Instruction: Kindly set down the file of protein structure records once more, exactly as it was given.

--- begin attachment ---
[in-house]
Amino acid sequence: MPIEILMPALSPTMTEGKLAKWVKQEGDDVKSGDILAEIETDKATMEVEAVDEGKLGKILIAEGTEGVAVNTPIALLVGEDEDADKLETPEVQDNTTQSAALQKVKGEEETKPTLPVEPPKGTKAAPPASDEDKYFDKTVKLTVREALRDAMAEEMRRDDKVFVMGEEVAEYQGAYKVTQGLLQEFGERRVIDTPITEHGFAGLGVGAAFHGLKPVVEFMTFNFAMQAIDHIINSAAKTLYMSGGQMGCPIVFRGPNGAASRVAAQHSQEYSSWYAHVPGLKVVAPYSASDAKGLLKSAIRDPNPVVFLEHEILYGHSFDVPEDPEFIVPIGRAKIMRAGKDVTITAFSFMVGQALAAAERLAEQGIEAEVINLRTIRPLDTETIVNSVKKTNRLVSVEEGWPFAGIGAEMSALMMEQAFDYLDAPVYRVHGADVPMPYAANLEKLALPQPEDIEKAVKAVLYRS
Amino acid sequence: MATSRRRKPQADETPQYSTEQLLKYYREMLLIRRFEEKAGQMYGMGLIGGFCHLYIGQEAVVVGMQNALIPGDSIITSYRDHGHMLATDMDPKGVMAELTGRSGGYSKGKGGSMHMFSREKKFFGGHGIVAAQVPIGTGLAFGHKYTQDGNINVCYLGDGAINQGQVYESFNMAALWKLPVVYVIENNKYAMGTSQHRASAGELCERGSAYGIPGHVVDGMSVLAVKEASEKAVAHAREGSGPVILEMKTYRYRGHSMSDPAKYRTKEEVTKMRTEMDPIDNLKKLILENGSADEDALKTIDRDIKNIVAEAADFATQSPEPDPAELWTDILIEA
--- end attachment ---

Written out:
[in-house]
Amino acid sequence: MPIEILMPALSPTMTEGKLAKWVKQEGDDVKSGDILAEIETDKATMEVEAVDEGKLGKILIAEGTEGVAVNTPIALLVGEDEDADKLETPEVQDNTTQSAALQKVKGEEETKPTLPVEPPKGTKAAPPASDEDKYFDKTVKLTVREALRDAMAEEMRRDDKVFVMGEEVAEYQGAYKVTQGLLQEFGERRVIDTPITEHGFAGLGVGAAFHGLKPVVEFMTFNFAMQAIDHIINSAAKTLYMSGGQMGCPIVFRGPNGAASRVAAQHSQEYSSWYAHVPGLKVVAPYSASDAKGLLKSAIRDPNPVVFLEHEILYGHSFDVPEDPEFIVPIGRAKIMRAGKDVTITAFSFMVGQALAAAERLAEQGIEAEVINLRTIRPLDTETIVNSVKKTNRLVSVEEGWPFAGIGAEMSALMMEQAFDYLDAPVYRVHGADVPMPYAANLEKLALPQPEDIEKAVKAVLYRS
Amino acid sequence: MATSRRRKPQADETPQYSTEQLLKYYREMLLIRRFEEKAGQMYGMGLIGGFCHLYIGQEAVVVGMQNALIPGDSIITSYRDHGHMLATDMDPKGVMAELTGRSGGYSKGKGGSMHMFSREKKFFGGHGIVAAQVPIGTGLAFGHKYTQDGNINVCYLGDGAINQGQVYESFNMAALWKLPVVYVIENNKYAMGTSQHRASAGELCERGSAYGIPGHVVDGMSVLAVKEASEKAVAHAREGSGPVILEMKTYRYRGHSMSDPAKYRTKEEVTKMRTEMDPIDNLKKLILENGSADEDALKTIDRDIKNIVAEAADFATQSPEPDPAELWTDILIEA